Radio Free Asia
The ruling Chinese Communist Party has asserted its control over all religious practices among its citizens, suggesting that the Vatican will only have limited control over the Chinese Catholic Church in the event of a bilateral deal on the appointment of bishops.
“Religions in China must be Chinese in orientation and provide active guidance to religions so that they can adapt themselves to the socialist society,” reads a white paper on religious affairs published this week.
Religious believers must “be subordinate to and serve the overall interests of the nation and the Chinese people … and support the leadership of the Chinese Communist Party,” the white paper said, which includes “integrat[ing] religious teachings and rules with Chinese culture.”
On Tuesday, former top religious affairs official Chen Zongrong told a news conference that any potential power-sharing deal between Beijing and the Vatican over the appointment of Chinese Catholic bishops wouldn’t affect religious freedom in the country.
|Chinese Catholic clergy get ready to celebrate Holy
Saturday Mass as part of Easter celebrations at the
government-sanctioned South Cathedral in Beijing,
March 31, 2018. AFP
China and the Vatican are reportedly close to a deal on bishops, which could bring the country’s six million officially sanctioned Catholics back into the Vatican’s fold, and legitimize an estimated 10 million Catholics loyal to Rome in the eyes of the Communist Party.
Chen told the news conference: “I disagree with the view that preventing Rome from having full control over the selection of bishops hinders religious freedom … I believe there is no religion in human society that transcends nations.”
“The Chinese constitution clearly states that China’s religious group and religious affairs cannot be controlled by foreign forces, and [foreign forces] should not interfere in Chinese religious affairs in any way,” he said.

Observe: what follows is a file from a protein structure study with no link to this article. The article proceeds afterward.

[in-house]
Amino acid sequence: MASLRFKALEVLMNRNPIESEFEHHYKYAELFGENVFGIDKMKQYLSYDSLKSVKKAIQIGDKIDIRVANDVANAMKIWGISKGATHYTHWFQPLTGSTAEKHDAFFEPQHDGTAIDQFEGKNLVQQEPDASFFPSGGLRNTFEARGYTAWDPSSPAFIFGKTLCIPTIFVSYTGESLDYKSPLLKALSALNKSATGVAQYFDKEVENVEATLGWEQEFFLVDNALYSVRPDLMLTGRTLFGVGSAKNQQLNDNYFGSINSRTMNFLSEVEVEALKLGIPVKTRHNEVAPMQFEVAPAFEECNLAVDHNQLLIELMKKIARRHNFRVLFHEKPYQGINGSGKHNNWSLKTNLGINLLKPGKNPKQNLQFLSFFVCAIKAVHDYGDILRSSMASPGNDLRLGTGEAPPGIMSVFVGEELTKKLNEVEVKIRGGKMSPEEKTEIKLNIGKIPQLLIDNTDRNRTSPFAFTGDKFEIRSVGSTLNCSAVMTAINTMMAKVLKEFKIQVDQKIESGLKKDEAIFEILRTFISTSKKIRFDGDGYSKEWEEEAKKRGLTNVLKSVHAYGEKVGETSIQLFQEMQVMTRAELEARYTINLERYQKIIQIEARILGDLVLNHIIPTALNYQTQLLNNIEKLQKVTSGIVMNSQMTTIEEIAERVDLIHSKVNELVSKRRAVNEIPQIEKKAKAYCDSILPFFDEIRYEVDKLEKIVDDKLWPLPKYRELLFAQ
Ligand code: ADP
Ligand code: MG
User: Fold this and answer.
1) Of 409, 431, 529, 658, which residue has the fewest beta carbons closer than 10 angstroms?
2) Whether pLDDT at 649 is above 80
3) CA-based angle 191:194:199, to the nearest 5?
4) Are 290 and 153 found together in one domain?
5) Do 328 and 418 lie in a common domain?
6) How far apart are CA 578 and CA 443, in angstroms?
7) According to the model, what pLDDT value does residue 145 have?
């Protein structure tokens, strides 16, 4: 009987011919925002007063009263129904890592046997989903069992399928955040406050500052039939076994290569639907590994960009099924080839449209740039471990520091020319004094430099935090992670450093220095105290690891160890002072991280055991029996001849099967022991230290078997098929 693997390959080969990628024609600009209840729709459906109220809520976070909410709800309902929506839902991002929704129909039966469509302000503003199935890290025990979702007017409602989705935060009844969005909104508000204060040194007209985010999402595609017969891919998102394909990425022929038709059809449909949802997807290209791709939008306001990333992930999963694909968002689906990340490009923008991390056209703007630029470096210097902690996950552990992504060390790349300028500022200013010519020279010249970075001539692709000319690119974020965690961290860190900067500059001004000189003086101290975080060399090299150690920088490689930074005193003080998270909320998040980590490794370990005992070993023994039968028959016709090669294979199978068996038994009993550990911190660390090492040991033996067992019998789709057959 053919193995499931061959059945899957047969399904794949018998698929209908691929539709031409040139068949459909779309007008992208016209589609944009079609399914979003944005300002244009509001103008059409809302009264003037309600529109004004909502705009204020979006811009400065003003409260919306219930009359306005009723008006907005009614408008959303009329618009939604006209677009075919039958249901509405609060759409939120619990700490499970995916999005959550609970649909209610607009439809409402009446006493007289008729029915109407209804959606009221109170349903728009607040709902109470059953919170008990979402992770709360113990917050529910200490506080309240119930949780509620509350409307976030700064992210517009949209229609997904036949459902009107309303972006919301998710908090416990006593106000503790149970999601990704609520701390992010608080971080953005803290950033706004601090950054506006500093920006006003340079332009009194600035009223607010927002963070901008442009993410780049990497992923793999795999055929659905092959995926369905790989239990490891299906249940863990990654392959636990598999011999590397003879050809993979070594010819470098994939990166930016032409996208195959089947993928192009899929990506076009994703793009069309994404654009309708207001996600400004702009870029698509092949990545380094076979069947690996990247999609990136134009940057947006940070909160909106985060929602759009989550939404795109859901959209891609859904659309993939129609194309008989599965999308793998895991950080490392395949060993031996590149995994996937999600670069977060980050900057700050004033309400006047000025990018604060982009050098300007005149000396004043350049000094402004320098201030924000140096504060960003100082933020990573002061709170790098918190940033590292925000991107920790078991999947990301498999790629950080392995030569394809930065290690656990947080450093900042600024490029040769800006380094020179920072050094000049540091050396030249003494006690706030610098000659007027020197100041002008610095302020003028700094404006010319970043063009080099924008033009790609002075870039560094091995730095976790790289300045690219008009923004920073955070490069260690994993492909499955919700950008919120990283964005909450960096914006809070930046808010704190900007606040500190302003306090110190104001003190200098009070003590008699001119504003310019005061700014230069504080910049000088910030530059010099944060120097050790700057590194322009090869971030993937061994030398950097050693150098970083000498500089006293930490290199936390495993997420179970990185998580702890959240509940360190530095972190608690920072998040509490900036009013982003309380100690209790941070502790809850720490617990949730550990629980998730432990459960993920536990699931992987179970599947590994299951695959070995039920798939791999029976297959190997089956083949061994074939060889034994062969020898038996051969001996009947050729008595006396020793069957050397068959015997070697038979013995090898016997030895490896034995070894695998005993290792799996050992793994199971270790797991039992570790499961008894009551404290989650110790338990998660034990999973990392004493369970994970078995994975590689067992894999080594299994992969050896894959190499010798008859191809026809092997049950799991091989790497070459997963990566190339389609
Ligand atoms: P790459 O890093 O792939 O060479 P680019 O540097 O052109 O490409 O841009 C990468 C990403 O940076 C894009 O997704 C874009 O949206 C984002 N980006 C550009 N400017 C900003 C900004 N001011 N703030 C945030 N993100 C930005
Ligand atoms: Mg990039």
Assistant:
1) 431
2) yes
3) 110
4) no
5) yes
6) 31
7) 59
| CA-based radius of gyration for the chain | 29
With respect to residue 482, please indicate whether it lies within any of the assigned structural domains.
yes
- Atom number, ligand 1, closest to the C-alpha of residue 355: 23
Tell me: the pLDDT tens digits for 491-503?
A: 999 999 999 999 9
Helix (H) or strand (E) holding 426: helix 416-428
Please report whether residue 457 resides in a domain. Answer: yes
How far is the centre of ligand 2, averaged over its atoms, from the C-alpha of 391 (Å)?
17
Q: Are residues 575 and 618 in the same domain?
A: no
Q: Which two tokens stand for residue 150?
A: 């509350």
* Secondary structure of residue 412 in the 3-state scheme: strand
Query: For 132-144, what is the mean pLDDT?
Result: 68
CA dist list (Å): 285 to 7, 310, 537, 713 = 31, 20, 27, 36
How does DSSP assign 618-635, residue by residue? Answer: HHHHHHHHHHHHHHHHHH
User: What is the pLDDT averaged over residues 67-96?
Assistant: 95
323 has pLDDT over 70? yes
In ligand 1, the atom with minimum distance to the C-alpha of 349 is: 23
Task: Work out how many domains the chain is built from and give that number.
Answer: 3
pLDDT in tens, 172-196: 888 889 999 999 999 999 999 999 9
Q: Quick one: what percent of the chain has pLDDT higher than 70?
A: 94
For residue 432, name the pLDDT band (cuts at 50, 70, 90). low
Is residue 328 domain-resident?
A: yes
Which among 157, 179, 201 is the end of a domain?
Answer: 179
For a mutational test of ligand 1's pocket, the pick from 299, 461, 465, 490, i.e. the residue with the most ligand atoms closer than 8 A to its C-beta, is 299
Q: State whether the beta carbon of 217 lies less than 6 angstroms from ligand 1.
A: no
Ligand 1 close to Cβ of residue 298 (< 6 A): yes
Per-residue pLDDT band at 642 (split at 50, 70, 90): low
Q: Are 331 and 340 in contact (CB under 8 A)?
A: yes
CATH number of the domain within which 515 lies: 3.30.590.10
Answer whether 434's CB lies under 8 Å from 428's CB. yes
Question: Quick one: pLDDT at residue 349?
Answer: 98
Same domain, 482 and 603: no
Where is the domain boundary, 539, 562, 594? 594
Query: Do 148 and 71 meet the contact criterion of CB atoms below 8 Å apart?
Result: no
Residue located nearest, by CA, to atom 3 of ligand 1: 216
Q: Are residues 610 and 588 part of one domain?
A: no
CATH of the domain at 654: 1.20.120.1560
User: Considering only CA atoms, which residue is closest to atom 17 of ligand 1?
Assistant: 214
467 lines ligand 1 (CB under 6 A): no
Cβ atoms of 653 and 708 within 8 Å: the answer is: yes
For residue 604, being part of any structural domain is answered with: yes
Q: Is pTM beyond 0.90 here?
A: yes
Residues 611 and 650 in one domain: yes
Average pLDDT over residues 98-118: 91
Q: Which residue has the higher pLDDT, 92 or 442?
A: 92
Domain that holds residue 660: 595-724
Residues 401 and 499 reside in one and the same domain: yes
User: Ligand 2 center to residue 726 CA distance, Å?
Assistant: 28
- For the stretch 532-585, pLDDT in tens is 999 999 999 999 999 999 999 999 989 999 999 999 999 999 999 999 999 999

His comments came as Beijing published a white paper on religious affairs saying that it “adheres to the principle of independence and self-management, [and] actively guides religions to adapt to the socialist society.”
“Actively guiding” is a key phrase that has appeared under the administration of President Xi Jinping, and denotes a view of religion as a dangerous foreign import, with officials warning against the “infiltration of Western hostile forces” in the form of religion, particularly Christianity.
Online sales of Bible banned
The white paper came as Chinese Christians reported via social media that the Bible has been banned from online selling platforms like Taobao.
Taobao, JD.com, and Dangdang have all banned the sale of ISBN-free Bibles and related spiritual books, including those published by the official Christian conferences, a Taobao seller confirmed to RFA.
“We can’t sell … Protestant Christian books, the Bible, and [related] spiritual books … without an ISBN code,” the seller said, in reference to the International Standard Book Number. Chinese ISBNs start with the number 7, and can only be issued by the General Administration for Press and Publications (GAPP) under the State Council.